Forms: The Linchpin of Interactions Part-3

UI/UX forms

We have seen why form designing is significant and its implications on business. We have also seen the most critical aspects of form designing in our previous article. Let’s look into the nitty-gritty of form designing – The Linchpin of Interactions. Here, we will concentrate on the practical knowledge for designing forms. 

Discover available templates of Mocky for confluence to make it easier.

How to organize and present your question:

A form with 2-3 fields does not need grouping, but for long forms, grouping the fields manages the content for the users. For the screen readers, you can use the <fieldset>  markup element, and for the user who can read, make the visual groups differentiate questions and presentations.

The ways of making groups are,

  • Placement

Placement is a straightforward way of showing groups in the field types. Even a slight placement change makes a big difference in the form structure. Move fields that go together closer than fields that don’t go together.

  • Lines

Lines in the form act as a divider, separating one group from another. Too many lines will ruin the purpose of the grouping. 

  • Backgrounds

A similar background color or texture ensures the groups are different and align with the groups. 

  • Typography

The font size, font width, color, and line lengths present the overall look of the form effectively. 

  • Don’t break the pattern

Users rapidly learn new patterns found in the forms. Once you have a visual style, don’t break the pattern unless the form demands it.


Avoid hiding the content in grouping devices. As I expect the form to collect some data, the user observes each content of the form. Visually divided form divides the content into two groups, but the content grouped in a similar style can confuse users. Group the related question by placing lines for users to identify the difference between groups. 

Logical Flow/ Order:

Forms are a way to converse with users, as they fill in the details. Think about it as real human conversation. The conversation of forms comes from the questions it asks, any instructions, and the arrangement of forms into different topics. The flow occurs through the format of the questions and their arrangement in the form.


Even though the right alignment makes a form look good, the most preferred alignment for labels and the text box is the left alignment. 

If a form demands personal data, the user may not be comfortable providing his details, here the left alignments of labels make it easy for him to scan the details he needs to fill in. If your user is comfortable in providing the details, then the alignment should not be a problem for him. 

Take special consideration if your form gets translated. Here, a design adapts the changing lengths of labels and fields with drop-downs. Many designers place the labels above the field, so when the form expands and contracts according to the languages, the user experiences consistent form alignment and design.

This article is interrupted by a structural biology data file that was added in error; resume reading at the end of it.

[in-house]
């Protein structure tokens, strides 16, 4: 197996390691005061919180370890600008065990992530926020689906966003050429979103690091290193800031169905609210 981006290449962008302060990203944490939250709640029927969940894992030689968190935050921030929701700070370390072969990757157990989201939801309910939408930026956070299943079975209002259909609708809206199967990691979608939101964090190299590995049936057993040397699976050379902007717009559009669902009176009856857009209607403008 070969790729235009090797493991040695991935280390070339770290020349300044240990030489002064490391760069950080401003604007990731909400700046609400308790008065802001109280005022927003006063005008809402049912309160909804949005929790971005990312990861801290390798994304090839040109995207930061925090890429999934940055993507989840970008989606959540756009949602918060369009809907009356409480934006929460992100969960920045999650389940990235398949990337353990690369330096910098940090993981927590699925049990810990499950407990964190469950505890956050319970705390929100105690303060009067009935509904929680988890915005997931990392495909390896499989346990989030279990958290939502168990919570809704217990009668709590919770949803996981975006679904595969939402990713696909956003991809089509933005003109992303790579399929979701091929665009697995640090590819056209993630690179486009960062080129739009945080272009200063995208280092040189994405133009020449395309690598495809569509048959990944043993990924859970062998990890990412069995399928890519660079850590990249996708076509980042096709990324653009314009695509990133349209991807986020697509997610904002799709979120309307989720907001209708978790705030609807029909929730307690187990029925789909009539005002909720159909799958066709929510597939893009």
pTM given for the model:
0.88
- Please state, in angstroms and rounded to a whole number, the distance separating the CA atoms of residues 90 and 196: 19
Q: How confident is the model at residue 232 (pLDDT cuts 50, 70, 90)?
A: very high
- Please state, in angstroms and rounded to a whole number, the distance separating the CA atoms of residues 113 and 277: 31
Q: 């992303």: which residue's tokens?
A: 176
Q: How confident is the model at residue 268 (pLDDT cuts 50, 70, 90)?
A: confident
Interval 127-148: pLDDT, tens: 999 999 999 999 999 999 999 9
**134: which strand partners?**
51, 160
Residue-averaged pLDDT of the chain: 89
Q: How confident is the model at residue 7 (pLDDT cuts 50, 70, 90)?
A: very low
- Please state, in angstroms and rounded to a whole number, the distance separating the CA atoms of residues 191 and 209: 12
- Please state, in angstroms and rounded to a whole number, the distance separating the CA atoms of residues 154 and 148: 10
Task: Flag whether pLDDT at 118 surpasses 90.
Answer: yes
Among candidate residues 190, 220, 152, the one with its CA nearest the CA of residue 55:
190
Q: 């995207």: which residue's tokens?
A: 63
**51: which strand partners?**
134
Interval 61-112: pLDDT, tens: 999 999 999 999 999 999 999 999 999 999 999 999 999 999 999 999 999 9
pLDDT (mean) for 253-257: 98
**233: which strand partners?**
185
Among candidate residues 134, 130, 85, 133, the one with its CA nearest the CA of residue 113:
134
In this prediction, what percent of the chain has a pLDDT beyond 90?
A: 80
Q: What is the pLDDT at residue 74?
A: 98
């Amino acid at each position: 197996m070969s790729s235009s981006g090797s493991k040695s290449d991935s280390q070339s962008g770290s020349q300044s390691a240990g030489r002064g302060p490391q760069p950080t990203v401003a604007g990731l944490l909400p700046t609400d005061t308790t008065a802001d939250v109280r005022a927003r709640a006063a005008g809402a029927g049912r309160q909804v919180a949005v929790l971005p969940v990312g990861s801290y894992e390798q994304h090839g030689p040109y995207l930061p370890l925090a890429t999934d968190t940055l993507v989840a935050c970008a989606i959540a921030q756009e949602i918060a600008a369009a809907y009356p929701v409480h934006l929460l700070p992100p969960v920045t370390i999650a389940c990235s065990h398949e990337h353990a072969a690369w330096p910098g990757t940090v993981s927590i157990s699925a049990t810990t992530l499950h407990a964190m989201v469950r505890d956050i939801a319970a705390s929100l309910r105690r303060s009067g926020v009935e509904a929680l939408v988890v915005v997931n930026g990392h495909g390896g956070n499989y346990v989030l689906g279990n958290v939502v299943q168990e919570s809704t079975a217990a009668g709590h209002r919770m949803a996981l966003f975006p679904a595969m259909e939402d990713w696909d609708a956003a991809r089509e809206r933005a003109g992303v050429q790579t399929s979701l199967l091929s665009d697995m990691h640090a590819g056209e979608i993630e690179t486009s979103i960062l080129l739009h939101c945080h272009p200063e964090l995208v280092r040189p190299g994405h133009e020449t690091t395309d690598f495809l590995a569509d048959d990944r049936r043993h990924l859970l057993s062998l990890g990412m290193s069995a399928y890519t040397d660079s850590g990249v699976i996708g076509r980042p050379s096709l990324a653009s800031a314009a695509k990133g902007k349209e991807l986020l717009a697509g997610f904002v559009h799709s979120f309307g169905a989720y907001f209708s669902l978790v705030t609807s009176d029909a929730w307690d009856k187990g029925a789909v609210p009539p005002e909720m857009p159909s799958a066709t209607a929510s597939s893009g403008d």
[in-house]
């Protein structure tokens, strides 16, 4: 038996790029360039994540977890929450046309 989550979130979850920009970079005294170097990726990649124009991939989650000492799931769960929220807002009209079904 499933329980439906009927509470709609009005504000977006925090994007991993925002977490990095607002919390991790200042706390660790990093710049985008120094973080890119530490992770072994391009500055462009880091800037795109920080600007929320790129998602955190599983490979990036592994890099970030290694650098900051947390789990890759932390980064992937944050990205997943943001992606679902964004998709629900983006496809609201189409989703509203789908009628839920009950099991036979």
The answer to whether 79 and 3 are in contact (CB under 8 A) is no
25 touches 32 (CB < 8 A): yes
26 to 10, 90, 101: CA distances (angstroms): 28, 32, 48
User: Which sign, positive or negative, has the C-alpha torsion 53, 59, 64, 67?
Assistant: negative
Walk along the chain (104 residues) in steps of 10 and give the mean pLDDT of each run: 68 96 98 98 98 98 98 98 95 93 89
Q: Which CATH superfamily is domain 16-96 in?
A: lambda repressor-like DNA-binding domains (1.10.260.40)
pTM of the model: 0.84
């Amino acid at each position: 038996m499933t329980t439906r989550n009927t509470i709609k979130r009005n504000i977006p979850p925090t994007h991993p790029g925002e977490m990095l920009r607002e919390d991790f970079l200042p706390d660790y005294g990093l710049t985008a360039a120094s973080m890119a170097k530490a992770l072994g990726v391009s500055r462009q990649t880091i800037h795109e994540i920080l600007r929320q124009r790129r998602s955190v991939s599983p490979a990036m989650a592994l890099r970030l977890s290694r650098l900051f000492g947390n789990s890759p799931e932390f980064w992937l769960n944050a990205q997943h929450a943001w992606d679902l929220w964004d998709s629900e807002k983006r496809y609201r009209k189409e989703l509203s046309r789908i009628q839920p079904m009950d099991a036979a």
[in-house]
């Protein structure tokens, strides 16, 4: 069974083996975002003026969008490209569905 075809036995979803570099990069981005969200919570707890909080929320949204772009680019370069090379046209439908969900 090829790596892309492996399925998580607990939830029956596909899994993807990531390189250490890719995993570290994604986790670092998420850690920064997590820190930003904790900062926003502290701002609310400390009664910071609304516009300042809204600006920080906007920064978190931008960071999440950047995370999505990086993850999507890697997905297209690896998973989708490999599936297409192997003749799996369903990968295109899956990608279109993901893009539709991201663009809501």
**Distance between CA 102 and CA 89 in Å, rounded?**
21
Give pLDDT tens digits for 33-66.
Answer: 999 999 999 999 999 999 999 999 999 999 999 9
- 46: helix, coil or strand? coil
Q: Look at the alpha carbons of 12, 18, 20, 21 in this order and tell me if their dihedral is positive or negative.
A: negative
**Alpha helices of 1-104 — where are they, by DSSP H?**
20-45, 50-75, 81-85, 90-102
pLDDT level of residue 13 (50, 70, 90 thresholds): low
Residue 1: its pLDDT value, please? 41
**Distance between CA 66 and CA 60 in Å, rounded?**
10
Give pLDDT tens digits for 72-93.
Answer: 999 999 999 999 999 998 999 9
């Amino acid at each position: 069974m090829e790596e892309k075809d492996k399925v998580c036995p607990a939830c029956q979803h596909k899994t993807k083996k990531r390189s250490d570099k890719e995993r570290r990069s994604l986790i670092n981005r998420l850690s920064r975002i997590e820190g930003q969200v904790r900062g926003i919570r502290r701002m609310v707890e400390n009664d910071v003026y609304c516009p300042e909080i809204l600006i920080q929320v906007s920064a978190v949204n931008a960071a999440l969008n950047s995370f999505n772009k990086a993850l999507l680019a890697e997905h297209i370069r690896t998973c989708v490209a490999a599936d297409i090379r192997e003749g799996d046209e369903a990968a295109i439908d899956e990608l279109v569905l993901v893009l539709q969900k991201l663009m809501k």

Conditional logic:

As a part of responsive design, the smart and reactive are used for user input. For example, if the user selects the yes option for the questions related to a higher degree, only then do the fields related to the higher degree appear to the user. Conditional questions make the form like and increase the space when not needed. 

Multiple pages:

A human can easily switch the spoken conversation from one topic to another with a natural flow. The confusion of a topic doesn’t arise in spoken conversations, as a topic repeats itself while communicating.

But asking for clarification when the conversation is pre-defined, as mentioned in the forms. So we have to think about the flow and handling errors.

Here are exceptional tips to deal with:

  1. Break up long-form by the topic. 
  2. Divide the form 
  3. Keep on the topic at a time.

Each step should cover one particular topic, so the user can focus on it, 

  • Reduces cognitive load
  • Supports error handling


The tab is a way for segmenting websites into different areas that won’t work well in forms. There are two problems,

  • The user overlooks the tab.
  • The user loses control over the tabs. 

Nowadays, you hardly observe the tabs as a data segmenter. So the best is to avoid the tabs while navigating or form filling. Don’t confuse the users by removing the secondary option (if possible), avoid tabs, and reset the form. It’s best to give control to the users and use the navigation clicks to ensure the flow of the data. 

Guide and inform users:

Often, a single topic can be as big as two or more topics. It’s okay to split across separate pages, but don’t split the flow of the topic. UX designers can use the gateway screens only to describe, warn users about the external sources, and warn users of the equipment. Shares the average time to complete the form, summarizing legal considerations, etc. If possible, have a single gateway screen on a website.    

You can also use progress indicators, inform the information they need to have while filling out the form, and estimate the completion time. The progress indicator informs the user about the completed and remaining steps required to fill out the form.

There are multiple ways to show the progress. Give your user the endowed progress effect by showing them the completed status. This increases the likelihood of completion. You can show the user’s location by a small pin or by showing which steps are the user now, the name of each step, the sign, the next, and previous steps. Gradual engagement of users is necessary to show the user’s milestone submissions.


This article of forms focuses on the presentation and organization of your form. The logical flow, grouping, conditional logic for multiple pages, and the dos and don’ts as the form develops. The next article will focus on the field types and text. 

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